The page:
Rapid ART Start

The International AIDS Society (IAS)-USA recently released its 2018 HIV treatment and prevention recommendations. The document is particularly notable for its discussion of "When to Start ART."

The IAS-USA recommends "rapid" or immediate start of ART upon diagnosis of HIV, stating that treatment "should be initiated as soon as possible after diagnosis, including immediately after diagnosis, unless [the] patient is not ready to commit to starting therapy (evidence rating A1a)." IAS-USA recognizes that structural and other barriers may hinder immediate linkage, patient evaluation, and provision of ART, but recommends that testing sites and treatment sites work to resolve any impediments to same-day initiation of ART.

Clinical Bottom Line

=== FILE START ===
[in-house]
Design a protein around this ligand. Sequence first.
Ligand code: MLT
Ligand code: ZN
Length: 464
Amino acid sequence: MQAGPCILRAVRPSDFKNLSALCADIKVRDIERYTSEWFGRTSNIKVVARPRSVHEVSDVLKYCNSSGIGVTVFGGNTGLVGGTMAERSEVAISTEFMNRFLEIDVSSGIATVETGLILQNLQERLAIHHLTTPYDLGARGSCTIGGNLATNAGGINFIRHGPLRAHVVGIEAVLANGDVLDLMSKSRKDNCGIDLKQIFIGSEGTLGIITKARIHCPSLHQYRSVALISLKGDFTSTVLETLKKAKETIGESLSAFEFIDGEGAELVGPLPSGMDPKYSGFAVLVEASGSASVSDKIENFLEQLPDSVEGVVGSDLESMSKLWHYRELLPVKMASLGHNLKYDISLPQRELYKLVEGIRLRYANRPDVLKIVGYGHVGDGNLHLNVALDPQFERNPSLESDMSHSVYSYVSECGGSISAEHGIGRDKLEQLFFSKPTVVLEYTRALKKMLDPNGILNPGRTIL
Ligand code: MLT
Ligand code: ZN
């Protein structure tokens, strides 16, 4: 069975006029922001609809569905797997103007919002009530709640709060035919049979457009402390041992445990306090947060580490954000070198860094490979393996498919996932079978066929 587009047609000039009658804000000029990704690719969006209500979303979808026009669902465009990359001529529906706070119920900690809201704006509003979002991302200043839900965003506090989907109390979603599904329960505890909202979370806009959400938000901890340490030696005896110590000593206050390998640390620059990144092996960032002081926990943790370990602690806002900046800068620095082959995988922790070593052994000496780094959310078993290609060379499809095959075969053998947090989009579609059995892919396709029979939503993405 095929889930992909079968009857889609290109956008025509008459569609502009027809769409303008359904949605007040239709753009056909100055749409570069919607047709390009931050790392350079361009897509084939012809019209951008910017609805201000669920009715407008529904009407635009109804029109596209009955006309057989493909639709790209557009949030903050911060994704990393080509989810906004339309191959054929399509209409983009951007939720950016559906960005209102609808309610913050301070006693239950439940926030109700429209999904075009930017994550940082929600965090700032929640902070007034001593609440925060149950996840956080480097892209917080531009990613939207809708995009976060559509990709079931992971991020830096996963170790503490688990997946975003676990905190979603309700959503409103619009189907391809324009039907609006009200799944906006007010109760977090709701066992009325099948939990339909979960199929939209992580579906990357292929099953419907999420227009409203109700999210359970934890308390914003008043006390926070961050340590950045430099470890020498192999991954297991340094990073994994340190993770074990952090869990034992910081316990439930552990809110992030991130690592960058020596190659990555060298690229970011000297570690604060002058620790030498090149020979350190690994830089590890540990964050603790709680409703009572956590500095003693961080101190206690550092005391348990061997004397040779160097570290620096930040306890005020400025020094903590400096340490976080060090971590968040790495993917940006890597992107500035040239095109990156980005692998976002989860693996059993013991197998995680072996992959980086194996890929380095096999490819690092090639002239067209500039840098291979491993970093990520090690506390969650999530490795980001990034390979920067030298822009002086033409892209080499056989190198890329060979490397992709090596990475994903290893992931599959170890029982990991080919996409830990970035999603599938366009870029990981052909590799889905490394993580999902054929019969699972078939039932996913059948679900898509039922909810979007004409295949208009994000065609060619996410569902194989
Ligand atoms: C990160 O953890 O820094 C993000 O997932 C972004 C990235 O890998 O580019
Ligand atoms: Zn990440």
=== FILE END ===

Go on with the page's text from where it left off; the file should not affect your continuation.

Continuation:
These recommendations follow 2017 World Health Organization recommendations to start ART on the same day as HIV diagnosis (and at least within 7 days of diagnosis of HIV). The WHO guidance in turn is based on randomized clinical trials in resource-limited settings showing that provision of immediate ART improved ART uptake, retention in care, virologic suppression, and, in one study, mortality rates. In the United States, pilot studies in several cities have shown that the offer of immediate ART after diagnosis led to substantially earlier linkage to care, earlier ART initiation, and a shorter time to HIV RNA suppression. And, while the DHHS adult and adolescent ARV guidelines, last updated in 2017, consider immediate ART upon diagnosis to be an "investigational" approach, same-day ART initiation has become the standard of care in a number of clinical settings and jurisdictions, including the city of San Francisco (under the aegis of the San Francisco Getting to Zero initiative). More data on the impact of immediate-start protocols in U.S. settings will be forthcoming within the next year or two.

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